By Syed Shahdawil
Ghizer is the third most populous district of Gilgit Baltistan with a large geography bordering with Chitral KPK. Major local areas of the district are Ishkoman, Punyal, Gupis, and Yasin. Many beautiful valleys, meadows and lakes are situated in Ghizer, making it one of the most beautiful tourist destinations of Gilgit-Baltistan, and Pakistan. It is also known as the “land of martyrs”, a title that recognizing the military valor of the people of Ghizer.
This week, I got a chance to visit Ghakuch, Ghizer, as part of my work. It is always exciting and pleasing to work with people of Ghizer. Whenever I am in Ghizer, I observe an amazing energy and engagement, as they participate wholeheartedly in small and big event with zeal and zest.
But this time I felt a different vibe. I experienced and felt negative vibes, including frustration, dissatisfaction and a lot of talks about people taking their own lives every now and then. There’s a fear and an uncertainty that stands out, as people talk about lack of opportunities, yearn for support and guidance. Several young people have died by suicide in Ghizer during the last couple of weeks, adding to the shocks the region has been experiencing, as cases of suicides mount with each passing day.
The stories of the people who died by suicide are stories of ordinary people, just like us, full of ambitions, full of ideas, craving for opportunities, searching for peace and comfort. There’s the mother wanted to bring up her children by educating them, then there’s a wife who wanted some peace, there’s also son who wanted to create some change in the community, and a daughter who wanted the option to shape her life based on her own choices. All of them ended dead. Some found near river banks. Others found elsewhere.
It is hard not get affected by these harrowing stories. Shocked we are. But, what are we doing about it? What can we do about it?
Let’s admit. These stories are not new. Such stories are repeatedly almost every year. People express shock, pass a judgment and then get on with their lives. But the self-destruction continues, sometimes clouded are murders staged and reported as suicides.
Every now and then some ‘woke’ bureaucrat writes a proposal, arranges a ‘meeting’, releases some press statements, and then all is forgotten, until the noises grow, as the families of the deceased mourn helplessly.
Let us be clear. Ghizer is not the only district affected. Almost all district report cases of suicide every now and then, despite of their being a powerful taboo, for religious and cultural reasons. Many districts tend to under-report such cases, so the actual statistics are clear.
Having said that, one may ask what should be done?
The first thing we need to do is to acknowledge that our ‘strategies’ and ‘policies’ have failed miserably, because the cases of dying by suicide are on the rise, not going down. After accepting our failure, we need to start engaging actual experts who have the contextual knowledge, scientific understanding and the drive to work on changing the mindset of the society. The approach needs to shift from self-destruction to self-idealization, so that the youth are not impressed by the glittery, hollow, world around them. They should be able to own their weaknesses and strengths and look to life with hope. This cannot be achieved by organizing a few seminars. This has to be a more robust, consistent, academic and educational effort, starting at schools. The broader society also needs to prioritize mental health and organize on war-footings to build social support systems to address hopelessness, by being there to listen, hear, hug and comfort.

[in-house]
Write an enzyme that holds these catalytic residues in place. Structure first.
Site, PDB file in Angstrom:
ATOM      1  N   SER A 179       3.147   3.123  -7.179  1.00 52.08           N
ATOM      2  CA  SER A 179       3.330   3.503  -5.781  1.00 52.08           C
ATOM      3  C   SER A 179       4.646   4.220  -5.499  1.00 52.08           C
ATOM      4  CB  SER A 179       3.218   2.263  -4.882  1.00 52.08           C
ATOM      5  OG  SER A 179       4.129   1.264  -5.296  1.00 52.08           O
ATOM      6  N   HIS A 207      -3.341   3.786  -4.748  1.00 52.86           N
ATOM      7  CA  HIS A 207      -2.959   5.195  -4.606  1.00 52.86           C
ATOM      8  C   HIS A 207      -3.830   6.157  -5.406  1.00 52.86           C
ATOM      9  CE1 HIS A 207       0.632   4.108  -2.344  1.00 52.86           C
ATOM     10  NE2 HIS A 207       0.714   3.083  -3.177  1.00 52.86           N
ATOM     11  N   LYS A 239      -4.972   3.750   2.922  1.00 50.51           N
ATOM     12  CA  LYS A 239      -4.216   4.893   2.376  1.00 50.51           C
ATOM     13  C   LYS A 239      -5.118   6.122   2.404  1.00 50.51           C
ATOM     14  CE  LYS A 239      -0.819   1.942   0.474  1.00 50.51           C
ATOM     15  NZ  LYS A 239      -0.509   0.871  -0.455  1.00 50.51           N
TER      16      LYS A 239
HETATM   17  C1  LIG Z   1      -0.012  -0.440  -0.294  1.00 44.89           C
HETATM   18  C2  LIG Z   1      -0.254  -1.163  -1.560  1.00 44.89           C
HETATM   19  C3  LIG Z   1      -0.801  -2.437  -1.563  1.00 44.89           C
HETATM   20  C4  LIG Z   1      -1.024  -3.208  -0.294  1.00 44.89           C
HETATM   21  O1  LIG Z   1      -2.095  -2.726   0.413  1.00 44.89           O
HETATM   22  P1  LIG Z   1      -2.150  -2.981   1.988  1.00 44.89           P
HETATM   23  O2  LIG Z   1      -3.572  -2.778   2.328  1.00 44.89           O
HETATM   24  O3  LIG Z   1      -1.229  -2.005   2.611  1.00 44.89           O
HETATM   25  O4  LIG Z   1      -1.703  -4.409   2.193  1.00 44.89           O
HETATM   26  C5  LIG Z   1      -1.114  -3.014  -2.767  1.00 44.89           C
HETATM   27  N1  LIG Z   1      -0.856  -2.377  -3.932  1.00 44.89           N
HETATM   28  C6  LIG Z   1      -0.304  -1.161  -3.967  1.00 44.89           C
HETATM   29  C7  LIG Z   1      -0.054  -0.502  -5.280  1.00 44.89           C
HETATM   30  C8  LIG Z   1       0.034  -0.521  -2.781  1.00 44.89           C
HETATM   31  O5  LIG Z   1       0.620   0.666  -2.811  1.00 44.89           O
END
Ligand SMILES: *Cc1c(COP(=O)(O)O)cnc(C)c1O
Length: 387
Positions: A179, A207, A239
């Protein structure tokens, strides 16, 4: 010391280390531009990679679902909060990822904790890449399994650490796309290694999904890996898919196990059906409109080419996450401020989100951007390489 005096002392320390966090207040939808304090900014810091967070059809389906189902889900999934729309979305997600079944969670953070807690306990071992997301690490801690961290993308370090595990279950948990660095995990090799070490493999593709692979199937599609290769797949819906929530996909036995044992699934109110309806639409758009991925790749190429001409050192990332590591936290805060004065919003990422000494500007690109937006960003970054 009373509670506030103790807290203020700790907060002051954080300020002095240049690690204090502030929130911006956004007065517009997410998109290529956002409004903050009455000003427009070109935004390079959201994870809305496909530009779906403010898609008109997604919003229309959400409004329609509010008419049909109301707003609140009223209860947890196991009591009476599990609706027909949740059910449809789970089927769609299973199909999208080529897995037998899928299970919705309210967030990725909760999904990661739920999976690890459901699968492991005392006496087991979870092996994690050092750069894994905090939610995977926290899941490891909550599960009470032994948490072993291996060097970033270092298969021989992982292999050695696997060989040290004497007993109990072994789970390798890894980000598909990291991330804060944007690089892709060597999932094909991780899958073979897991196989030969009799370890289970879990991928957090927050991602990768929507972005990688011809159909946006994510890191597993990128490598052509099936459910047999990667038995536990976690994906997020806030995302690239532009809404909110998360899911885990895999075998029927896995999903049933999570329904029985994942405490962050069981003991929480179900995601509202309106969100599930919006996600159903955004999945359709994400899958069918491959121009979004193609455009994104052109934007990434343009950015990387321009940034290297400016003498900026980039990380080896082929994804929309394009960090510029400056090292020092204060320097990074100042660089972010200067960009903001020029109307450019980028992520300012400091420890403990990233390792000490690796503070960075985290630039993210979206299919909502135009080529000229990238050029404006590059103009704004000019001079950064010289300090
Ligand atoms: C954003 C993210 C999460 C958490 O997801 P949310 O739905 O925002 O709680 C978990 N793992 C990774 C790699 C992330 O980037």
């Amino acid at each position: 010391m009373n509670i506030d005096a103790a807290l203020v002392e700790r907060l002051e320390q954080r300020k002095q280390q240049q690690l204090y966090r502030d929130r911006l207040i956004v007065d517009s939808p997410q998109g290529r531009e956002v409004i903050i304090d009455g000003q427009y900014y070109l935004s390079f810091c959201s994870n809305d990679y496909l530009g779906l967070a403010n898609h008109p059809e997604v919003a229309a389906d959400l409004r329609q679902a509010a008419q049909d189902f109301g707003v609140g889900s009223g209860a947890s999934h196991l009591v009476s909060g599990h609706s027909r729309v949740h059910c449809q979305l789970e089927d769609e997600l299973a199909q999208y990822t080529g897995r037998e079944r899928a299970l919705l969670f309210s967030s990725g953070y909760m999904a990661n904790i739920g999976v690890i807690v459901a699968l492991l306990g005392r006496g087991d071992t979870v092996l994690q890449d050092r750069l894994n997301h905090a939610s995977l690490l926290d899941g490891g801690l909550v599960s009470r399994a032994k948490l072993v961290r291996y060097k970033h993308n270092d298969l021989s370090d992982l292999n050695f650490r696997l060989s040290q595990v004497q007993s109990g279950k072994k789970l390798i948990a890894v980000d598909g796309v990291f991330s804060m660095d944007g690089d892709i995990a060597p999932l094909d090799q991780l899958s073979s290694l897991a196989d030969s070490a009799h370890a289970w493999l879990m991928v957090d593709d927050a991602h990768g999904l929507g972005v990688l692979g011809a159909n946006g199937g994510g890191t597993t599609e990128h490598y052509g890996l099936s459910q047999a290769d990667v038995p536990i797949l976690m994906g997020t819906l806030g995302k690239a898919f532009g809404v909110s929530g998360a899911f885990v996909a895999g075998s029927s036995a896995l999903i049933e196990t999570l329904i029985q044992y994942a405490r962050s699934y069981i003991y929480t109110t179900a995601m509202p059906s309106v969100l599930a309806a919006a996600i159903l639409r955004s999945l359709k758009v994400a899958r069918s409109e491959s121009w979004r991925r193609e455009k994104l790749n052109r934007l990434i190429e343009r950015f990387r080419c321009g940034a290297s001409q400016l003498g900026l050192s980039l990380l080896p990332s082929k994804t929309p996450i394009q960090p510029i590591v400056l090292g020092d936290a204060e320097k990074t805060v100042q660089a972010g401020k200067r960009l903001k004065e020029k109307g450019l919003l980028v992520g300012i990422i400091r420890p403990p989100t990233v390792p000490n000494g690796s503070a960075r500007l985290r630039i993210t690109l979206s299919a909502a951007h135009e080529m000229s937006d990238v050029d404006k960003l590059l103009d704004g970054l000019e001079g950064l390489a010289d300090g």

There’s also a colossal shortage of mental health experts in GB, due to which even namesake support is not available to vast majority of the population. This needs efforts at the policy level, to ensure that experts are made available at schools and colleges in the short run to offer counselling and guidance to students and youth.
Youth also need to be engaged in positive activities, which are not limited to field sports. The youth department needs to get creative. Youth clubs and organizations, of which there’s no dearth in GB, also need to move beyond cricket and football, and focus on providing peer-to-peer support and counseling .
GB government needs to declare a mental health emergency in the region and take concrete steps to build equipped and informed institutions, instead of indulging in token ‘briefings’ and ‘seminars’. These knee-jerk evet-management practices are not going to address the issue.
Let’s all join hands to engage every individual in a positive and life-loving approach. But let’s also not burden the youth with toxic positivity. Let’s listen and pay attention to those who want to be heard, instead of proselytizing and sharing sermons, because they haven’t worked and may not work.
Let’s focus on training youth in developing and learning life-skills so that they have the acumen and the grit to face life head-on, instead of looking for escapes.